Greta Garbo

Thursday, May 18, 2023

Scott Lord: The Outlaw and His Wife (Victor Sjostrom, 1918)



After having appeared in “The Outlaw and His Wife”, actress Edith Erastoff starred with Lars Hanson and Greta Almroth In “The Flame of Life” (1919), directed by Mauritz Stiller And “Let No Man Put Asunder” (“Hogre Andamal”, 1921) directed by Rune Carlsten.
In Sweden, Victor Sjostrom continued directing in 1922 with the film “Vem domer”, starring Jenny Hasselqvist, which he co-scripted with Hjalmer Bergman.

Victor Sjostrom had written four hundred letters to Edith Erastoff, his co-star from the film “The Outlaw and His Wife”, their eventually having married during 1922.

The historiography of the film criticism that delineates the Golden Age of Swedish Silent Film was perhaps easily formulated while the films were still being screened internationally in theaters if we heed the review placed in the periodical Picture Show magazine during 1919 that astutely notes "On stage it is easy to calculate the effect of limelights....a glance at the top photographs of Seastrom (left) in 'Love the Only Law' and (right) 'A Man There Was' well illustrates how the one appealing figure dominates the immense landscape around him". The magazine quotes Victor Sjostrom explaing his liking screen adaptation over stage adaptation almost propheticly in regard to the film criticism, if not film theory, that would later follow. "One has to deal with more people', he says, 'and also with grande, terrible landscapes, with shifting effects of shade and shadow'".

Author Forsyth Hardy, in the volume Scandinavian Film written in 1952, explains the film of Victor Sjostrom as having established Sjostrom as an auteur of the Golden Age of Swedish Silent Film by his work having created a poetic cinema. Hardy writes, “There was a greater freedom of movement, an assured sense of rhythm and a fine feeling for composition. In ‘The Outlaw and His Wife’ Sjostrom used landscape with a skill which was to become part of the Swedish Film tradition. He found a way of filming the tree-lined valleys and wide arched skies of his country so that they became not merely backgrounds but organic elements in the theme in the theme. There was still, however, a lingering tendency to melodrama in the acting....the end of the film especially was marred by melodramatic excess, but despite this fault, Berg-EJvid was memorable because of its theme, and its demonstration in the earlier sequences of the film medium's affinities with poetry." During 1960, Charles L. Fuller, writing for Films in Review, succinctly described the films motifs, "Its theme was that no man escapes his fate 'though he rides faster than the wind' ".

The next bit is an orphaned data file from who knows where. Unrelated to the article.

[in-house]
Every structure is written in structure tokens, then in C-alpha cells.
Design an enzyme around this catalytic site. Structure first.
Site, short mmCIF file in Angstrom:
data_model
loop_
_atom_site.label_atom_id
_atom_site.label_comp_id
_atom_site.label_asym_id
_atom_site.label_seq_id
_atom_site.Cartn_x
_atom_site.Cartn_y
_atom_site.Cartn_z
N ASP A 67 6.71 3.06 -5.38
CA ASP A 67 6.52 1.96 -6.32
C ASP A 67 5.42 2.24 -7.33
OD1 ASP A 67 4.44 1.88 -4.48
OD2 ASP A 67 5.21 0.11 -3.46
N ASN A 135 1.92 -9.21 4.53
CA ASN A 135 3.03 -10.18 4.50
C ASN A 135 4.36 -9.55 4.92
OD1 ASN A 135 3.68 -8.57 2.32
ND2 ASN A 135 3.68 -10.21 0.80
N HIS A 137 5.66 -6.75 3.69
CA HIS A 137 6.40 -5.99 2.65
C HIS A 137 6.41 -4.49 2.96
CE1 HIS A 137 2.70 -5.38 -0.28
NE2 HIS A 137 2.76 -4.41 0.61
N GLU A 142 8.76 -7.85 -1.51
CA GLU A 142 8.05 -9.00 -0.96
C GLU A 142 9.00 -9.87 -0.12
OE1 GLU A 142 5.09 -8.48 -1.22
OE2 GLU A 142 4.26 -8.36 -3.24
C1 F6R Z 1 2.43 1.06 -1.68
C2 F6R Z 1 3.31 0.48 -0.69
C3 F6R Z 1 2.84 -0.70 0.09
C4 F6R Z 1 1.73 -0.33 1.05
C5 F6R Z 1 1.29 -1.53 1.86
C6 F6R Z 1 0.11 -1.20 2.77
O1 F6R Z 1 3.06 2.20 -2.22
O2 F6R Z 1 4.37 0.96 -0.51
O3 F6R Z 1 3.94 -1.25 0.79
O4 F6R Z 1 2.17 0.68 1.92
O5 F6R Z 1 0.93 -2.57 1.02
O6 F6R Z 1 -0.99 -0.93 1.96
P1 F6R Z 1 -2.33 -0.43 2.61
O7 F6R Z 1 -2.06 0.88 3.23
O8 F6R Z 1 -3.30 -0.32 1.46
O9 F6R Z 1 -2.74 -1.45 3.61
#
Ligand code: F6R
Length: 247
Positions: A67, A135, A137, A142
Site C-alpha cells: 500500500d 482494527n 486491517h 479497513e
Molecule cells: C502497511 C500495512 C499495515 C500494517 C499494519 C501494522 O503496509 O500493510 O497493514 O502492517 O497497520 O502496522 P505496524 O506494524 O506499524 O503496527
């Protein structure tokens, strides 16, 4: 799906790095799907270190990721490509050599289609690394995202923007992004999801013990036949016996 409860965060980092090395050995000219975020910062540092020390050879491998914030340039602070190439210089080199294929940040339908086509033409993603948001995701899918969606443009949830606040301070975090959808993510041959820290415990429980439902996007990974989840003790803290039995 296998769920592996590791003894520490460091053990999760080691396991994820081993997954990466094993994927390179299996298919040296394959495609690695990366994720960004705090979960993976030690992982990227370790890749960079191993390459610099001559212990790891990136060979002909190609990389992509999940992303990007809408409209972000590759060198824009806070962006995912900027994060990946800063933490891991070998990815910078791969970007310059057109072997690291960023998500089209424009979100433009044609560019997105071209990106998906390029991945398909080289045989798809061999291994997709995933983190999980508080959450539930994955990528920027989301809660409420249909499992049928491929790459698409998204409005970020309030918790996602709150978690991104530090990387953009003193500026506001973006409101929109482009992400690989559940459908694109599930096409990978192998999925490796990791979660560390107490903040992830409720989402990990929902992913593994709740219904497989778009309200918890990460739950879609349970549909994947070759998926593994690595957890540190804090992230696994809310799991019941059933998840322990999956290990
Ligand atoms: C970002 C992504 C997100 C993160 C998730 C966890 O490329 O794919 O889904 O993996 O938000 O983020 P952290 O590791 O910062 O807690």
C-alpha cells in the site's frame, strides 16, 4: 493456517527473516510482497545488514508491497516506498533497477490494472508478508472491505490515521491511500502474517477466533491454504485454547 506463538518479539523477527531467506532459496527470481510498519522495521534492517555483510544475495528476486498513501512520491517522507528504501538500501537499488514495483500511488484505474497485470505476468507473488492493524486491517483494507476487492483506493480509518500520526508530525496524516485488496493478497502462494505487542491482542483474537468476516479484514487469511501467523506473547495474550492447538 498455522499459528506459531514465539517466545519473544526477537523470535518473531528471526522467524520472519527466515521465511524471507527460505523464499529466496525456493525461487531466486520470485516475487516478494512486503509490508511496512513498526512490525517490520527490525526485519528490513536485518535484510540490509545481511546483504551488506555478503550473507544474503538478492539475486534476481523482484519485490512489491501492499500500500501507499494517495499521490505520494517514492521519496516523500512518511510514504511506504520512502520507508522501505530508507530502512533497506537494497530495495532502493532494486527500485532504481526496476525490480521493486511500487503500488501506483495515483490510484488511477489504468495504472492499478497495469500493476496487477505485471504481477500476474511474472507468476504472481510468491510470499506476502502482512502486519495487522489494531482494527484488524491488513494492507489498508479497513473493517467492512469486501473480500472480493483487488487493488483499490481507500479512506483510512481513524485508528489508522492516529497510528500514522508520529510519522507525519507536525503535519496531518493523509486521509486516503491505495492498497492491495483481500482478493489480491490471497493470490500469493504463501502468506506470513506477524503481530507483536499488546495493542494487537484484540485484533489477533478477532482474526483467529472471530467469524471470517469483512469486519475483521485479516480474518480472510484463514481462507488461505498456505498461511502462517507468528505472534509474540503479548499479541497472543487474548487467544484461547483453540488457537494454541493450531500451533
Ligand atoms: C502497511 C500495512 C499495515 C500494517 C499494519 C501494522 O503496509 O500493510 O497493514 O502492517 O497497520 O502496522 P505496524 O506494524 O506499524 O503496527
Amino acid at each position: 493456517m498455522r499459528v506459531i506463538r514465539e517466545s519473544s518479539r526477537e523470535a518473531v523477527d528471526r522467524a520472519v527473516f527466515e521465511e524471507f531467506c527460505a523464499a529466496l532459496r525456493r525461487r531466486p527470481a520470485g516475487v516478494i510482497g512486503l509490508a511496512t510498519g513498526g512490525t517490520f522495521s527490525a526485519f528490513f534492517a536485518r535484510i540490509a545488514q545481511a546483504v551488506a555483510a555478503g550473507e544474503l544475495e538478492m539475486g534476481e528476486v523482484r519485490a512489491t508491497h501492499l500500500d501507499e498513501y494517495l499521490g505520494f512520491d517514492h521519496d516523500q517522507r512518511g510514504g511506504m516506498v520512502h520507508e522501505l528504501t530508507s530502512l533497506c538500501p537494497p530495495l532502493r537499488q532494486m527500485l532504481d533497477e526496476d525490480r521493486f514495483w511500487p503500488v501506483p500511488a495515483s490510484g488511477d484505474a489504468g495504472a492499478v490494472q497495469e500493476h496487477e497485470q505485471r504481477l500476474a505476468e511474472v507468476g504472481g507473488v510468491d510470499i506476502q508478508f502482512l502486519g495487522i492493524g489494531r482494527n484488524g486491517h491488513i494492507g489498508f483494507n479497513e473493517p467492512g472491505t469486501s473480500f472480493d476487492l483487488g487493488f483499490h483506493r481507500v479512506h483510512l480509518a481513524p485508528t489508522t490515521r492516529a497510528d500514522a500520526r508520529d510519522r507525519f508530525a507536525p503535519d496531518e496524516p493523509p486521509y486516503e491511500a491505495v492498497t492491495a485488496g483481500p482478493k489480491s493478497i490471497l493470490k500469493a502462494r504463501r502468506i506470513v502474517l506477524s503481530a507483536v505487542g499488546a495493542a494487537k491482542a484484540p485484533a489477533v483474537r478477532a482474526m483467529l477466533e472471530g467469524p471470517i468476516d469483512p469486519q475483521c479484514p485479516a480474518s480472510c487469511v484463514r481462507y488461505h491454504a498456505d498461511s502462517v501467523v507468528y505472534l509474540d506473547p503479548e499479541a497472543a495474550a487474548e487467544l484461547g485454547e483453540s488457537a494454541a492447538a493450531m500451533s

About the film, Einar Lauritzen wrote, “But Sjostrom never let the drama of human relations get lost in the grandeur of the scenery.” To this can be added that Jean Mitry, in his work The Aesthetics and Psychology of Cinema, writes of the mountain in "The Outlaw and His Wife", up to the tragic ending, is a symbol of granduer and isolation, as well as a symbol for the effort of the man and woman to reverse their fate. The snow, in Mitry's interpretation symbolizes not only purity but alao redemption.

Peter Cowie writes, "Prominent too in this masterpiece is the Scandinavian approach to the seasons. Summer is recalled in short, wrenching spasms, as the outlaw sits starving in his mountain hut toward the end; but winter, equated inthe Swedish arts with death, destroys the spirit and whipsthe snow over the couple's bodies with inexorable force."

"The Outlaw and His Wife" was reviewed in the United States during 1921 under the title "You and I". Motion Picture News concluded, "The picture is marred by an utterly irrelevant prolougue and epilougue which should be dispensed with immediately. It has no place in advancing the drama and really spoils the good impressions of the picture."

When Bluebook of the Screen in 1923 introduced Victor Sjostrom as then currently filming his first feature made in the United States, "Master of Men" as Victor Seastrom it related, without quoting him directly, that Sjostrom felt that his "tragedy of Iceland", "The Outlaw and His Wife", was his est work and that to him it "would not be understood or appreciated in England or America".

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Victor Sjostrom

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